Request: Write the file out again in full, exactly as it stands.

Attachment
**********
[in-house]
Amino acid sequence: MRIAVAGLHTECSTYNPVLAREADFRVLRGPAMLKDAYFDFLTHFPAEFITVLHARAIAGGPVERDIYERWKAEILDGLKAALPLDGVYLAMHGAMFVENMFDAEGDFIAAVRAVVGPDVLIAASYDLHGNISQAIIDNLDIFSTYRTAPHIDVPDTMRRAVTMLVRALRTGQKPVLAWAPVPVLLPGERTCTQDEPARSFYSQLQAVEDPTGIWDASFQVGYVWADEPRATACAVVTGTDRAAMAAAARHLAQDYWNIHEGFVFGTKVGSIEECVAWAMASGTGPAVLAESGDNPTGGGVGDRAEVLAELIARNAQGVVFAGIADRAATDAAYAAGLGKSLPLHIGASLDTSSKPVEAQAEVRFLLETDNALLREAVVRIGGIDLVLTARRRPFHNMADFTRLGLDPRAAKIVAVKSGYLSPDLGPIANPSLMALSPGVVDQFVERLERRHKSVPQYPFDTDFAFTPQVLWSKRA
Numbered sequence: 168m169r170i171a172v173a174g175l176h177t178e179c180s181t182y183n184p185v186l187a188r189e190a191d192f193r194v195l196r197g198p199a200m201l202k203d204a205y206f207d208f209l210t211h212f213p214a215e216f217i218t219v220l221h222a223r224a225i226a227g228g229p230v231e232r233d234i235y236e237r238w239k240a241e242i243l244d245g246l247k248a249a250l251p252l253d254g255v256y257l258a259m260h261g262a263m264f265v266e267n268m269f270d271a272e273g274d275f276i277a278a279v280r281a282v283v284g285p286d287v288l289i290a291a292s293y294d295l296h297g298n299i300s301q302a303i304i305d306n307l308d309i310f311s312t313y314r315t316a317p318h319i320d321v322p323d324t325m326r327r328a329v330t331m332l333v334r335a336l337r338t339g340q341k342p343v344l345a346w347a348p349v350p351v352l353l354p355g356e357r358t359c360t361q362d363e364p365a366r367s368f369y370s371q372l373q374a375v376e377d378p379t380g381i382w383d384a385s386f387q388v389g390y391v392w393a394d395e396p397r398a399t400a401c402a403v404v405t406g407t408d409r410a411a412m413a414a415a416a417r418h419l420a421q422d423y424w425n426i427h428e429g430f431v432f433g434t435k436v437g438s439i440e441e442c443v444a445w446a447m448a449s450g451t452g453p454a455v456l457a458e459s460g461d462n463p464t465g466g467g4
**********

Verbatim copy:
[in-house]
Amino acid sequence: MRIAVAGLHTECSTYNPVLAREADFRVLRGPAMLKDAYFDFLTHFPAEFITVLHARAIAGGPVERDIYERWKAEILDGLKAALPLDGVYLAMHGAMFVENMFDAEGDFIAAVRAVVGPDVLIAASYDLHGNISQAIIDNLDIFSTYRTAPHIDVPDTMRRAVTMLVRALRTGQKPVLAWAPVPVLLPGERTCTQDEPARSFYSQLQAVEDPTGIWDASFQVGYVWADEPRATACAVVTGTDRAAMAAAARHLAQDYWNIHEGFVFGTKVGSIEECVAWAMASGTGPAVLAESGDNPTGGGVGDRAEVLAELIARNAQGVVFAGIADRAATDAAYAAGLGKSLPLHIGASLDTSSKPVEAQAEVRFLLETDNALLREAVVRIGGIDLVLTARRRPFHNMADFTRLGLDPRAAKIVAVKSGYLSPDLGPIANPSLMALSPGVVDQFVERLERRHKSVPQYPFDTDFAFTPQVLWSKRA
Numbered sequence: 168m169r170i171a172v173a174g175l176h177t178e179c180s181t182y183n184p185v186l187a188r189e190a191d192f193r194v195l196r197g198p199a200m201l202k203d204a205y206f207d208f209l210t211h212f213p214a215e216f217i218t219v220l221h222a223r224a225i226a227g228g229p230v231e232r233d234i235y236e237r238w239k240a241e242i243l244d245g246l247k248a249a250l251p252l253d254g255v256y257l258a259m260h261g262a263m264f265v266e267n268m269f270d271a272e273g274d275f276i277a278a279v280r281a282v283v284g285p286d287v288l289i290a291a292s293y294d295l296h297g298n299i300s301q302a303i304i305d306n307l308d309i310f311s312t313y314r315t316a317p318h319i320d321v322p323d324t325m326r327r328a329v330t331m332l333v334r335a336l337r338t339g340q341k342p343v344l345a346w347a348p349v350p351v352l353l354p355g356e357r358t359c360t361q362d363e364p365a366r367s368f369y370s371q372l373q374a375v376e377d378p379t380g381i382w383d384a385s386f387q388v389g390y391v392w393a394d395e396p397r398a399t400a401c402a403v404v405t406g407t408d409r410a411a412m413a414a415a416a417r418h419l420a421q422d423y424w425n426i427h428e429g430f431v432f433g434t435k436v437g438s439i440e441e442c443v444a445w446a447m448a449s450g451t452g453p454a455v456l457a458e459s460g461d462n463p464t465g466g467g4